The Octogenarian Activists

On the emerald green front door of Stanley and Kathleen Rygor‘s 1890 cottage, there’s a Claddagh knocker whose well-worn brass shows that it’s no stranger to visitors. “It is an honor to have you in my house,” says Stanley, as he leads the way through the foyer. He doesn’t have to say welcome; the souvenir sign from Ireland — Céad Míle Fáilte – conveys that warm message no less than 100,000 times. Curiously, it is framed by a Celtic cross and a crisscrossed Christmas-red AIDS ribbon. Kathleen is slowly climbing the stairs from the basement, and before …

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The Grandson of Mom-and-Pops

At the checkout counter at Bartunek Hardware, right next to the buzzing key-copying machine, there’s a framed black and white photograph. Among the nuts and bolts of this Astoria institution, it’s not easy to spot. It’s quite likely that most people don’t notice it, because if they did, they’d do a double take. The 11 X 17 image show a balding, bespectacled man standing proudly next to his shiny new 1927 Chevy delivery truck, where “H.M. Bartunek Hardware & House Furnishings” proclaims his profession in bold script. The H stands for …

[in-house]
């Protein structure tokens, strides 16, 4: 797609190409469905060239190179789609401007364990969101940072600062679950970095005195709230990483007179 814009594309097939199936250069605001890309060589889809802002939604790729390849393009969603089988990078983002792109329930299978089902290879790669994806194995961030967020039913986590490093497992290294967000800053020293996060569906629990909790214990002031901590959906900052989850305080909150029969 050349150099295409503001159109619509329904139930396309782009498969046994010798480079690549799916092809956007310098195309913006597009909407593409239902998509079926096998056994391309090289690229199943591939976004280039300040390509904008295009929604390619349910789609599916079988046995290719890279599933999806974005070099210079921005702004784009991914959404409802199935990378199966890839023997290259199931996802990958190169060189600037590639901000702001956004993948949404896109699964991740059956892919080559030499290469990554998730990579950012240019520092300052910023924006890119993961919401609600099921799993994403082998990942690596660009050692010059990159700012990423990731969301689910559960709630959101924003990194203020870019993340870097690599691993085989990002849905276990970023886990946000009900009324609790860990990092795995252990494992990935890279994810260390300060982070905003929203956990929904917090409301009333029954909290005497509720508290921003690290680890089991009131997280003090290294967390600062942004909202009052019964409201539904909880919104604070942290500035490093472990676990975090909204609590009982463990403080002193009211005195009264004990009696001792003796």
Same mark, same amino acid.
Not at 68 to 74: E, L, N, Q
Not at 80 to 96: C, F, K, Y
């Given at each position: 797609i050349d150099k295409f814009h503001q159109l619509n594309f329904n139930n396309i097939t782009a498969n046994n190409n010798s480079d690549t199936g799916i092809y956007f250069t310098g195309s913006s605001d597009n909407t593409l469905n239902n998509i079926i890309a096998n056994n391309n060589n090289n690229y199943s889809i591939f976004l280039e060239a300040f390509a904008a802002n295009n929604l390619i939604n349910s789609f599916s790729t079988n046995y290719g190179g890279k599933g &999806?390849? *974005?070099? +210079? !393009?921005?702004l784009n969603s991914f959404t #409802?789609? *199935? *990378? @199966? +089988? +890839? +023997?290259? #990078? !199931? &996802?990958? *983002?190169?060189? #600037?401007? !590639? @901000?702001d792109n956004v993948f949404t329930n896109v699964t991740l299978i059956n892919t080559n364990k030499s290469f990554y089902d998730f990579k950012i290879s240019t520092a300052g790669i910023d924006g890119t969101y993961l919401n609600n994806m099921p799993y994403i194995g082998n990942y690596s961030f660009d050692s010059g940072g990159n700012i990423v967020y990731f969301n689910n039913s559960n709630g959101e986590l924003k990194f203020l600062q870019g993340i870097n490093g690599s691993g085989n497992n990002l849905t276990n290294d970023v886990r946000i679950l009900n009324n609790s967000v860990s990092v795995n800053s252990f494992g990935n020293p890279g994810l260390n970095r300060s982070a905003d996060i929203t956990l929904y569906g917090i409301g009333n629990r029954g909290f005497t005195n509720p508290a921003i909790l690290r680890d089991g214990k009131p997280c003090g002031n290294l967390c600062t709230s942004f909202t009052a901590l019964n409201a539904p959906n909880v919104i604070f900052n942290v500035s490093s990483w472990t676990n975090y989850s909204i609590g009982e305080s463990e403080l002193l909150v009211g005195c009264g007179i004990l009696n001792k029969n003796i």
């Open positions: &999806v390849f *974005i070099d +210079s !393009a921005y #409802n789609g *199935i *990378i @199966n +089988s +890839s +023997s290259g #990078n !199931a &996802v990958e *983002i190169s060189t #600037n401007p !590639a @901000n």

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The Veteran Bookseller

There’s no bookstore in the Ditmars section of Astoria. We don’t need one. Harry puts the words out on the street. Harry – we all know him as Harry, but for the record, his full name is Harry Fiegelson – is the 82-year-old World War II veteran who sets up a bookstand by the subway stop at 31st Street and Ditmars Boulevard. He sells his hand-picked selections for $1.50 each. “We’ve got books today,” he repeats over and over like an old-time carnival barker to all who pass. “Hey, Harry, what have you got today?” asks a man in a&…

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The Madcap Moviemaker

When the DVD starts, so does the laughter. Anastasios Makedon must have watched this, his first film, a million times, but every time he sees himself playing himself in this screwball comedy of house-hunting errors, it cracks him up. “This came out much better than I expected,” he chuckles. “Every single thing in the film is true, and everything is drawn from my experiences as an Astoria real estate broker.” OK, there may be a bit of an exaggeration or embellishment here and there, so if you don’t take him literally, take him seriously while you’re giggling and …

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